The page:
Without subscribing to any particular theory, Applicants believe that by forcing a dye to become insoluble on the page, then migration of the dye will be inhibited, thereby helping to reduce bleed between different colors. The "force" used to make the dye come out of solution or to precipitate is to contact the dye with another ink having an appropriate pH.
An example of an ink that contains such a dye has a formulation given by:
0.1% (NH4)2 HPO4,
about 2% of a carboxylated azo dye,
and the balance water.
The dye in this ink is known to come out of solution as the pH drops down to about 6.5 to 7.0. If dots of another ink, having a relatively low pH, say about 4.0, are laid down next to dots of the first ink, then the dye from the first ink will fall out of solution (precipitate). The belief at this point is that this will slow down the migration of the dye and therefore help to reduce bleed between the two inks.
Such an effect is not to be confused with the use of pH changes on paper which lead to improved waterfastness. First, waterfastness issues involve the ability of the ink to resist smearing when water is dripped across a printed line of ink, while bleed resistance is the ability of the ink to resist mixing of one color with another when both are printed in close succession. Having solved one problem does not imply a solution to the other.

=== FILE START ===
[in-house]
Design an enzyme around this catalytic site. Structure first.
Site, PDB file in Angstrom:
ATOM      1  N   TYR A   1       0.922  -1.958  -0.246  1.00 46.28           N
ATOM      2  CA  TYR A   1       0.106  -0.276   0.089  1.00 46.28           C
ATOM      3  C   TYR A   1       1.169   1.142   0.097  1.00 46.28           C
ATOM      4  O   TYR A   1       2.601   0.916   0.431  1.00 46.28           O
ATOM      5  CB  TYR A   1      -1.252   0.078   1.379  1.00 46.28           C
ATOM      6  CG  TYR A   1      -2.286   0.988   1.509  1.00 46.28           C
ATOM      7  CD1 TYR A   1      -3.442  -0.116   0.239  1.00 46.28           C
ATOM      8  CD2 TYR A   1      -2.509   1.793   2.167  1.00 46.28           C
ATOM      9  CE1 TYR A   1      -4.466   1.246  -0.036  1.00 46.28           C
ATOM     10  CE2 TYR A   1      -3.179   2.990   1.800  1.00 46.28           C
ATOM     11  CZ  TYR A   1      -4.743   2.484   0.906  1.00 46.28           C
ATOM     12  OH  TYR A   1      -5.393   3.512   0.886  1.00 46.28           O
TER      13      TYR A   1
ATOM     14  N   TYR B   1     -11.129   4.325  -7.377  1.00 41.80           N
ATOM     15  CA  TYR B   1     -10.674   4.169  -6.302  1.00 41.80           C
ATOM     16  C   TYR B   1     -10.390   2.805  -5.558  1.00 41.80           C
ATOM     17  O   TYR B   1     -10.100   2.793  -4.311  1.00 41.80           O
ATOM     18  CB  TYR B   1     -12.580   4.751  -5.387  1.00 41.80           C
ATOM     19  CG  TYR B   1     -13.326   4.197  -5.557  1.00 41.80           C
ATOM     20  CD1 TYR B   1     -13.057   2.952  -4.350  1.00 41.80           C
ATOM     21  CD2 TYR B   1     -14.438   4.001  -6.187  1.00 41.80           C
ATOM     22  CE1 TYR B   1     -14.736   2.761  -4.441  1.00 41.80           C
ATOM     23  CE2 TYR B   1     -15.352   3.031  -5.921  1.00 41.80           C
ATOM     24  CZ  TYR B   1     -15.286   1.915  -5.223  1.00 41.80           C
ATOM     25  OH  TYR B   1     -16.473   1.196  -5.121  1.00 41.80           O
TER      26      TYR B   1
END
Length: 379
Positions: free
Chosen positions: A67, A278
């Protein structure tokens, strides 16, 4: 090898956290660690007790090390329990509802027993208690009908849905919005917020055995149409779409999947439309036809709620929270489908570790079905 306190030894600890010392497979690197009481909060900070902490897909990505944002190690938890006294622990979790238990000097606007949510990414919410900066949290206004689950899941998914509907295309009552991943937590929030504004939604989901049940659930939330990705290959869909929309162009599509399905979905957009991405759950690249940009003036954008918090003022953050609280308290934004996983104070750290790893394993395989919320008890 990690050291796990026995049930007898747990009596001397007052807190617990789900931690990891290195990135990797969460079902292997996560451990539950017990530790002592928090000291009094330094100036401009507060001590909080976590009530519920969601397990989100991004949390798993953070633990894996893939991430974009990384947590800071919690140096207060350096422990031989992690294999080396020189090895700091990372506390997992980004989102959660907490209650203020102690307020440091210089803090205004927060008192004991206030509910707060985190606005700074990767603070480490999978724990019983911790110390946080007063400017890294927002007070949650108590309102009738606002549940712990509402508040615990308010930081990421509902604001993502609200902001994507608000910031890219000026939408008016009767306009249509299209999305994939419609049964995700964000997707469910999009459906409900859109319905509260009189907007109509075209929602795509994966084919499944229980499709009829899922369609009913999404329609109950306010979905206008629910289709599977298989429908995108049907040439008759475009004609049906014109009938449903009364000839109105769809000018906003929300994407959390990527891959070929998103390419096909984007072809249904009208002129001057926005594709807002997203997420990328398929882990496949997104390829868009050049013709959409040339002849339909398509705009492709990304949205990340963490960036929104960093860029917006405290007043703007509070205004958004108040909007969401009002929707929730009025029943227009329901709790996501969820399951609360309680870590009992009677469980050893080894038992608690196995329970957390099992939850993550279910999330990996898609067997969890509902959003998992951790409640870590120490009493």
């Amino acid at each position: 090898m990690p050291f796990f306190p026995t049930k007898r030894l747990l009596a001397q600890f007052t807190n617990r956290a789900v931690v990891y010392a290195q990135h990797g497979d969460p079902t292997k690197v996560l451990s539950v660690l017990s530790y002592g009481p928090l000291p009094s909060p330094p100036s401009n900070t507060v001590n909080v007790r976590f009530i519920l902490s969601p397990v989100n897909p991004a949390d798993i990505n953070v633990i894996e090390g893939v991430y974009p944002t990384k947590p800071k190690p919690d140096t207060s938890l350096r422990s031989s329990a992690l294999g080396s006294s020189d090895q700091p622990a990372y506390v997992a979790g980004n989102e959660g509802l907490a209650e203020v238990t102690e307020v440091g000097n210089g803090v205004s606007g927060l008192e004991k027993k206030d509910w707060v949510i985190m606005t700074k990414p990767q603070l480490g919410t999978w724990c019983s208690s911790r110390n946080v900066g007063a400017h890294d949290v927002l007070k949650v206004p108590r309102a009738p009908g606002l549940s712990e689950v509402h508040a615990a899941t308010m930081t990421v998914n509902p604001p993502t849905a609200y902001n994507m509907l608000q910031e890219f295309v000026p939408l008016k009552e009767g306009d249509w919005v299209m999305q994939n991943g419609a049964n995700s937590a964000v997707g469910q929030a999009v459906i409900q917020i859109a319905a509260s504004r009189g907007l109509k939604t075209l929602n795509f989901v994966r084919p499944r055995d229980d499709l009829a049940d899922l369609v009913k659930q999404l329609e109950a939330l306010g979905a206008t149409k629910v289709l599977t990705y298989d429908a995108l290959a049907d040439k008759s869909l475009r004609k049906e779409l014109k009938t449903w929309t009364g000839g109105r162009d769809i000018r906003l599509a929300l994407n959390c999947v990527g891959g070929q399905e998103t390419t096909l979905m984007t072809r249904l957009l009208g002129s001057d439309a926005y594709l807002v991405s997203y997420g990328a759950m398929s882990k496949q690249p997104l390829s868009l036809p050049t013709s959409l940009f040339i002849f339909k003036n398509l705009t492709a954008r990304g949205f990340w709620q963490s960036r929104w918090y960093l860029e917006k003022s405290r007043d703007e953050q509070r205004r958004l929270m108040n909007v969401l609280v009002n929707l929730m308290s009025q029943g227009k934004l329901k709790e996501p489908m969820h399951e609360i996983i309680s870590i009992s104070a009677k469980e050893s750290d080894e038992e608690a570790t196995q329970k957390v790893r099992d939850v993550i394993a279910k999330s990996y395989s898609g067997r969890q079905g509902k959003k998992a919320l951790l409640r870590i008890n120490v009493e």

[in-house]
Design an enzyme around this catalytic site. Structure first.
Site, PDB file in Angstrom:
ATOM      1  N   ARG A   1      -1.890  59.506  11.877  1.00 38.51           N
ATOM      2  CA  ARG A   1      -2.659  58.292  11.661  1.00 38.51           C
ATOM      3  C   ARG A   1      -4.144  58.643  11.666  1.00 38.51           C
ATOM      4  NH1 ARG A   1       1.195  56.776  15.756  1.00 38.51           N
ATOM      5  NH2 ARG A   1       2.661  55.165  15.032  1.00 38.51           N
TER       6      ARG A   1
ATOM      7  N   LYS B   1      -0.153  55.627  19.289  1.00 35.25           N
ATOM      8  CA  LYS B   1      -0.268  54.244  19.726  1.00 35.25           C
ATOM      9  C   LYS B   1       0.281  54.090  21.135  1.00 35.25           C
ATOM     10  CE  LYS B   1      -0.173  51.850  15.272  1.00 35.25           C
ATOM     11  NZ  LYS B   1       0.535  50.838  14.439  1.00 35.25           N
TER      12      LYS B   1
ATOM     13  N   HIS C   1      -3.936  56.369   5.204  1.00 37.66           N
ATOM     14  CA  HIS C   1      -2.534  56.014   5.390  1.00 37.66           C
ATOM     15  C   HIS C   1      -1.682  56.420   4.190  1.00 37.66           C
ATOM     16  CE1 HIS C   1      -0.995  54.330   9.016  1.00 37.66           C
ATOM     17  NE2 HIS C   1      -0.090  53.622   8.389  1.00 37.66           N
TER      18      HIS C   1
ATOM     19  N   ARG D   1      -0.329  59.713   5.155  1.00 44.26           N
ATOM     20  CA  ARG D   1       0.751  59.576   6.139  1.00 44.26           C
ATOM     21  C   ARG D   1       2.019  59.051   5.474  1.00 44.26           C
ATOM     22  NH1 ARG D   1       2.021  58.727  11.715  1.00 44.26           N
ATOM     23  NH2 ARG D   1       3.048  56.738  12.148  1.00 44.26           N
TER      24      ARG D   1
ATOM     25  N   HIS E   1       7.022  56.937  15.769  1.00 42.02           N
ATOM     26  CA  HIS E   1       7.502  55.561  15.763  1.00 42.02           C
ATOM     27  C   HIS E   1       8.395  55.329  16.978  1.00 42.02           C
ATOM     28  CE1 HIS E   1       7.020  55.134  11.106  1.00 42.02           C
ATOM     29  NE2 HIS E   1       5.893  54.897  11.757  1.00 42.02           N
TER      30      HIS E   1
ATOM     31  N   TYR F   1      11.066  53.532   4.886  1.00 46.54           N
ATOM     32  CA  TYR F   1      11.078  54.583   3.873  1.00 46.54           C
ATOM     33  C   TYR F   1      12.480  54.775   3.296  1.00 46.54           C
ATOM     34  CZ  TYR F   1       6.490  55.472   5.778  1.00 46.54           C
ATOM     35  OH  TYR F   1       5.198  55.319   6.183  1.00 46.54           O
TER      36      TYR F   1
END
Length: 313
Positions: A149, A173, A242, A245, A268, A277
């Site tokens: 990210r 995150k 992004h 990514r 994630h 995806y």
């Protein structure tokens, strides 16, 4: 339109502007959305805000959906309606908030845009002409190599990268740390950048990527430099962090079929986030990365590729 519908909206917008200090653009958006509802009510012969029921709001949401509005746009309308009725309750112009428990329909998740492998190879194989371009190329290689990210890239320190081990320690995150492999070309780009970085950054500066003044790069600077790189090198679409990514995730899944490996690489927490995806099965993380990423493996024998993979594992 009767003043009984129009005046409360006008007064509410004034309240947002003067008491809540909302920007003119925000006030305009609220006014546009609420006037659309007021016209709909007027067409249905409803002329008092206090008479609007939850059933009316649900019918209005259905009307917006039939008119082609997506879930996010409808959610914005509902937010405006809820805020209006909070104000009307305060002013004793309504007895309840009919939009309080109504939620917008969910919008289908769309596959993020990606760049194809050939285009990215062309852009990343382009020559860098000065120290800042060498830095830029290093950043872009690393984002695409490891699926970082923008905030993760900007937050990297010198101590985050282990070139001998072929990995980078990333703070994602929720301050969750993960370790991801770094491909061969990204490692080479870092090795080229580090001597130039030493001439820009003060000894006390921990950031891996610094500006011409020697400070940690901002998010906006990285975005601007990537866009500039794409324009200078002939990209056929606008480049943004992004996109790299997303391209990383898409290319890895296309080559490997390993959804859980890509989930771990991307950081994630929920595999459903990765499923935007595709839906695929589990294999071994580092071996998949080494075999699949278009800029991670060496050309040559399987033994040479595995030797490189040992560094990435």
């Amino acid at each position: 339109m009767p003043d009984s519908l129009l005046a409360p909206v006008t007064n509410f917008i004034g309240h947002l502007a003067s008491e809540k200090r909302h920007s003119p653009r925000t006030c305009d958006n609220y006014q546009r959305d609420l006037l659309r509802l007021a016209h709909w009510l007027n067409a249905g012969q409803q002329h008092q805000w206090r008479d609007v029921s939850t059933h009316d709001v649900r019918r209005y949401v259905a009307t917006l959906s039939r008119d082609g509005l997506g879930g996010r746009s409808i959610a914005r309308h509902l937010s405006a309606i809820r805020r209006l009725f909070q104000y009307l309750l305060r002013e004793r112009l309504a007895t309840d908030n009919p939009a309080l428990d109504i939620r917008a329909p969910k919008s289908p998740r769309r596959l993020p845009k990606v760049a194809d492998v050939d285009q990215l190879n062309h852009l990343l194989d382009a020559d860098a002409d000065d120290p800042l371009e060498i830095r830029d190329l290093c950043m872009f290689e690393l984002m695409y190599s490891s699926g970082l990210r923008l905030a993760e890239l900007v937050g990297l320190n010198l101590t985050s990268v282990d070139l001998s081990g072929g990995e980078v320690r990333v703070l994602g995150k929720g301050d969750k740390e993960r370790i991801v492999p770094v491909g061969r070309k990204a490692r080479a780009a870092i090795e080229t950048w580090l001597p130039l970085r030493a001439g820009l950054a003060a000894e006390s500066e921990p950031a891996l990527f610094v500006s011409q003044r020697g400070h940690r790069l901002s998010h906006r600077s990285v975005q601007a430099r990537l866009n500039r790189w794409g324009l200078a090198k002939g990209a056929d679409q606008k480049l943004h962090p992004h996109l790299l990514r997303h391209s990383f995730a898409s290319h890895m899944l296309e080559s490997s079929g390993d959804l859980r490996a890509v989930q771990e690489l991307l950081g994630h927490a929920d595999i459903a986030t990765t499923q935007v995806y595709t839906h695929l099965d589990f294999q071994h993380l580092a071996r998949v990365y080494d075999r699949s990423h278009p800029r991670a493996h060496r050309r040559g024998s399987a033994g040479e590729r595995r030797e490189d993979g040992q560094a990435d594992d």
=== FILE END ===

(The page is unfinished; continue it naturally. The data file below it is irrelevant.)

Solving waterfastness in other systems has involved the use of a single ink. This is in contrast to the present disclosure in which a second ink is used to bring about the desired effect, i.e., reduction of bleed.
In addition, the present disclosure involves what is essentially a border effect, i.e., the drastic pH conditions of the two inks in question bring about the desired effect at the border of the two inks. This is to be contrasted with the mode by which other inks in which waterfastness is presumably achieved, i.e., an entire dot of black ink is subjected to paper which lowers the pH slightly and brings about insolubility (and thus waterfastness); see, e.g., U.S. Pat. No. 4,963,189.
Finally, it should be mentioned that using a second ink with a pH of, for example, 4 will have a much greater effect on the solubility of the pH-sensitive dye than will any pH change caused by the paper. Paper-induced pH changes in the ink are small compared to contact with a fluid that is buffered at a pH of 4.